The giant cell phone retailer Carphone Warehouse has launched a cloud-based music service to rival Spotify, Rhapsody and Napster. Subscribers will be charged €36 per year to access the service, undercutting the €12 per month subscription charged by Spotify.
The new Music Anywhere service allows users to synchronise their personal music collection with a cloud database of millions of music tracks sourced from the major record labels including Universal Music, Sony Music, EMI and Warner Music.
The service, which uses technology from Catch Media's Play Anywhere system, matches music tracks held within a user's Window Media Player or iTunes library with its catalogue of over six million tracks to create a duplicate song library 'in the cloud'.
Carphone said that the new service would initially support various smartphones including BlackBerrys, iPhones and Android devices, and would automatically cache the subscribers' most played 500 songs on the handset enabling them to be listened to offline and without incurring additional data charges.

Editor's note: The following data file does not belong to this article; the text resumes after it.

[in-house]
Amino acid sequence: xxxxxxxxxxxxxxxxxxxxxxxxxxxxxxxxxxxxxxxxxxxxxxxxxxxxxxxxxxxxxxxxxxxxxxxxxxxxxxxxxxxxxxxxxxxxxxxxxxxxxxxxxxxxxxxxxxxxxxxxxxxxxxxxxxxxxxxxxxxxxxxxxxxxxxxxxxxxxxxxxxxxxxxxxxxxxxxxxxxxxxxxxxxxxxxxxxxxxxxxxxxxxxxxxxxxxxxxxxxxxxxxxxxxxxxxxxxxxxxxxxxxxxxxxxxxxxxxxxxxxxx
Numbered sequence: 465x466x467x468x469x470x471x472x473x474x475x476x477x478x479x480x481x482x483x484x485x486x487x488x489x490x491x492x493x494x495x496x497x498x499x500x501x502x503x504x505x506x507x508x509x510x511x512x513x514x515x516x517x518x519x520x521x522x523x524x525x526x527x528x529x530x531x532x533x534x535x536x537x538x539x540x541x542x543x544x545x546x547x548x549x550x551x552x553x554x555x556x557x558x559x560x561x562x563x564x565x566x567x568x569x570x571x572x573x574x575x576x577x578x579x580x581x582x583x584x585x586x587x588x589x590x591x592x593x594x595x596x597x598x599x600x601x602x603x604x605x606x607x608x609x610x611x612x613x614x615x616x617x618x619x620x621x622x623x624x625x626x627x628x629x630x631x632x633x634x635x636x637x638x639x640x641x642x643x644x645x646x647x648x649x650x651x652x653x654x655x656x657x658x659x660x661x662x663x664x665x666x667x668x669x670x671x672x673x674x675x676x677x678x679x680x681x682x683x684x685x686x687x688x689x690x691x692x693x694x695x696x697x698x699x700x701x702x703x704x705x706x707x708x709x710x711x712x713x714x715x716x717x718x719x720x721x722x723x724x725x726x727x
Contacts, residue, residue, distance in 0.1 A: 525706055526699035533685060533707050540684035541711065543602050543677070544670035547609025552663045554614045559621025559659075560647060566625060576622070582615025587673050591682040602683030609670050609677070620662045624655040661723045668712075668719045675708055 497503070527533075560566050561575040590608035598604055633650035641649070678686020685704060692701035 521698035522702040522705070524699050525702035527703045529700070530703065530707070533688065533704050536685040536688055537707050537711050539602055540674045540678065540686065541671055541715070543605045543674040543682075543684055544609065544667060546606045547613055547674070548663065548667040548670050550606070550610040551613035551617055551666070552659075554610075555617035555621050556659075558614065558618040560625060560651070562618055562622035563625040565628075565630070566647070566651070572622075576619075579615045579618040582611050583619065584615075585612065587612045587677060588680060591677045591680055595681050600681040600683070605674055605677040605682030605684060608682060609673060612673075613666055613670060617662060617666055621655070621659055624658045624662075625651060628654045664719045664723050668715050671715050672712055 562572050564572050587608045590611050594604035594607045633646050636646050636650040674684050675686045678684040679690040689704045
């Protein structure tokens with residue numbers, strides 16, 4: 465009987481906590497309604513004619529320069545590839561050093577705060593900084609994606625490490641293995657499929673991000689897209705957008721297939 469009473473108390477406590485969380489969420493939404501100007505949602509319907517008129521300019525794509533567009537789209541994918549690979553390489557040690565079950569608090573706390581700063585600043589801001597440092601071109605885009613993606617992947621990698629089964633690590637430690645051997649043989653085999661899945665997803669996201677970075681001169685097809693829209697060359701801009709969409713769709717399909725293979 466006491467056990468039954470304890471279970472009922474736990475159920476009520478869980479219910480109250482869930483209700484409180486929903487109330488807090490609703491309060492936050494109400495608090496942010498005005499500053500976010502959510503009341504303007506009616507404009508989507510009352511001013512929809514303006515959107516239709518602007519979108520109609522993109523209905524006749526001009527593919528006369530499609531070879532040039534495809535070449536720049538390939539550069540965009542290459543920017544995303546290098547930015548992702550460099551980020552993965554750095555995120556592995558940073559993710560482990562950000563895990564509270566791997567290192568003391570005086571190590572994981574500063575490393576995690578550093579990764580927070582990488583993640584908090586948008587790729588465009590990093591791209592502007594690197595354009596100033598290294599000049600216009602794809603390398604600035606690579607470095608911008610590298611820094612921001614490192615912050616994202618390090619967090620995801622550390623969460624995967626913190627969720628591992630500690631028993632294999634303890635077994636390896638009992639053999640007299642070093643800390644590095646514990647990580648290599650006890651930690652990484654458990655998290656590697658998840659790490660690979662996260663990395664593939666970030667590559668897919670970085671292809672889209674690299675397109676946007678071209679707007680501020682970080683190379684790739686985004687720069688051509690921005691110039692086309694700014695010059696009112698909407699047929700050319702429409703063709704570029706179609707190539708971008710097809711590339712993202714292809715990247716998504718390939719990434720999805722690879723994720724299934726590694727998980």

According to Harry Malone, CEO of Catch Media, the new Carphone service had the potential to transform the industry. "It provides a new source of revenue and will help to reduce piracy. It is so easy, simple and cheap that it is an encouragement for pirates not to bother stealing," he said.
Of note, Malone added that the service could be expanded in the near future to allow users to access all their films, music and ebooks.
Meanwhile, Apple is said to have scaled back expectations about its cloud-based music streaming service. The company purchased the music streaming service Lala last December and closed it in May--rumoured due to preparation for its own cloud-based music service. However, Apple has informed record companies that the service will now launch later than expected.
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